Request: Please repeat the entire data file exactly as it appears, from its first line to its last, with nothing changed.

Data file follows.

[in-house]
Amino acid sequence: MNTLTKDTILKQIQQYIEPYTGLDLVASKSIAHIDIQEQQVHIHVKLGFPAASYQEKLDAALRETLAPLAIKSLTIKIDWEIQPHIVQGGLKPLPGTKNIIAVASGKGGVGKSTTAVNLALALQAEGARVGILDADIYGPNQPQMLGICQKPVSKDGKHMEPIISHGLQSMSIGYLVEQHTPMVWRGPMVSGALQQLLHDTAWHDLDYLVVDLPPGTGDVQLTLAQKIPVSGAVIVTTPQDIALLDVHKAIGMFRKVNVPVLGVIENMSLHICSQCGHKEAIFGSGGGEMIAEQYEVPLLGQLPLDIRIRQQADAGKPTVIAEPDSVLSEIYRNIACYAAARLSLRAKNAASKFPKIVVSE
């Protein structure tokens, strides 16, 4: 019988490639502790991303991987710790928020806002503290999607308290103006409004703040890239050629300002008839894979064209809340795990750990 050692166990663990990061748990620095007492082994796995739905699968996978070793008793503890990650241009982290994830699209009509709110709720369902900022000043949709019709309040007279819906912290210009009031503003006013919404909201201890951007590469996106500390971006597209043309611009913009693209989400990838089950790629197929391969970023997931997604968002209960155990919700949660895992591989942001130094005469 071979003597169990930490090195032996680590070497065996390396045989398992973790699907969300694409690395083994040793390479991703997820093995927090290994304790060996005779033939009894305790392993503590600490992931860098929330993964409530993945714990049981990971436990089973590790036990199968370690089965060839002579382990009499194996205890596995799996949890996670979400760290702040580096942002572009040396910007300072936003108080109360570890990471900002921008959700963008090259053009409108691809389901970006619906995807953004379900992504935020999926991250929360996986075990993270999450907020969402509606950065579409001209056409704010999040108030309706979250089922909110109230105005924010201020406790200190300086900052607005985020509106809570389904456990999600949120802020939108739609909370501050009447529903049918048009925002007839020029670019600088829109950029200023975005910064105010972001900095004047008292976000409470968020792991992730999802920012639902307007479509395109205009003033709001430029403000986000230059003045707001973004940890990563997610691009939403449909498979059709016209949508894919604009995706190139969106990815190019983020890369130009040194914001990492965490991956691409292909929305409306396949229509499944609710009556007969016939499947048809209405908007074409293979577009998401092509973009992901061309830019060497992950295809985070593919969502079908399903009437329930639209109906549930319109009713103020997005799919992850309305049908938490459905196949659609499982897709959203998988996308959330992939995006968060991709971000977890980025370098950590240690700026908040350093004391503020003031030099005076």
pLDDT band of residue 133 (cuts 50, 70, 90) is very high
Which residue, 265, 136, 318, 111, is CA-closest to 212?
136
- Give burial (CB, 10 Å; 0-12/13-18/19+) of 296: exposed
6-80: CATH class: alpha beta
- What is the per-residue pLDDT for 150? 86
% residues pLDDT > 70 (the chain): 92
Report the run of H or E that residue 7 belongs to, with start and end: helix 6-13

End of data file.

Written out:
[in-house]
Amino acid sequence: MNTLTKDTILKQIQQYIEPYTGLDLVASKSIAHIDIQEQQVHIHVKLGFPAASYQEKLDAALRETLAPLAIKSLTIKIDWEIQPHIVQGGLKPLPGTKNIIAVASGKGGVGKSTTAVNLALALQAEGARVGILDADIYGPNQPQMLGICQKPVSKDGKHMEPIISHGLQSMSIGYLVEQHTPMVWRGPMVSGALQQLLHDTAWHDLDYLVVDLPPGTGDVQLTLAQKIPVSGAVIVTTPQDIALLDVHKAIGMFRKVNVPVLGVIENMSLHICSQCGHKEAIFGSGGGEMIAEQYEVPLLGQLPLDIRIRQQADAGKPTVIAEPDSVLSEIYRNIACYAAARLSLRAKNAASKFPKIVVSE
């Protein structure tokens, strides 16, 4: 019988490639502790991303991987710790928020806002503290999607308290103006409004703040890239050629300002008839894979064209809340795990750990 050692166990663990990061748990620095007492082994796995739905699968996978070793008793503890990650241009982290994830699209009509709110709720369902900022000043949709019709309040007279819906912290210009009031503003006013919404909201201890951007590469996106500390971006597209043309611009913009693209989400990838089950790629197929391969970023997931997604968002209960155990919700949660895992591989942001130094005469 071979003597169990930490090195032996680590070497065996390396045989398992973790699907969300694409690395083994040793390479991703997820093995927090290994304790060996005779033939009894305790392993503590600490992931860098929330993964409530993945714990049981990971436990089973590790036990199968370690089965060839002579382990009499194996205890596995799996949890996670979400760290702040580096942002572009040396910007300072936003108080109360570890990471900002921008959700963008090259053009409108691809389901970006619906995807953004379900992504935020999926991250929360996986075990993270999450907020969402509606950065579409001209056409704010999040108030309706979250089922909110109230105005924010201020406790200190300086900052607005985020509106809570389904456990999600949120802020939108739609909370501050009447529903049918048009925002007839020029670019600088829109950029200023975005910064105010972001900095004047008292976000409470968020792991992730999802920012639902307007479509395109205009003033709001430029403000986000230059003045707001973004940890990563997610691009939403449909498979059709016209949508894919604009995706190139969106990815190019983020890369130009040194914001990492965490991956691409292909929305409306396949229509499944609710009556007969016939499947048809209405908007074409293979577009998401092509973009992901061309830019060497992950295809985070593919969502079908399903009437329930639209109906549930319109009713103020997005799919992850309305049908938490459905196949659609499982897709959203998988996308959330992939995006968060991709971000977890980025370098950590240690700026908040350093004391503020003031030099005076």
pLDDT band of residue 133 (cuts 50, 70, 90) is very high
Which residue, 265, 136, 318, 111, is CA-closest to 212?
136
- Give burial (CB, 10 Å; 0-12/13-18/19+) of 296: exposed
6-80: CATH class: alpha beta
- What is the per-residue pLDDT for 150? 86
% residues pLDDT > 70 (the chain): 92
Report the run of H or E that residue 7 belongs to, with start and end: helix 6-13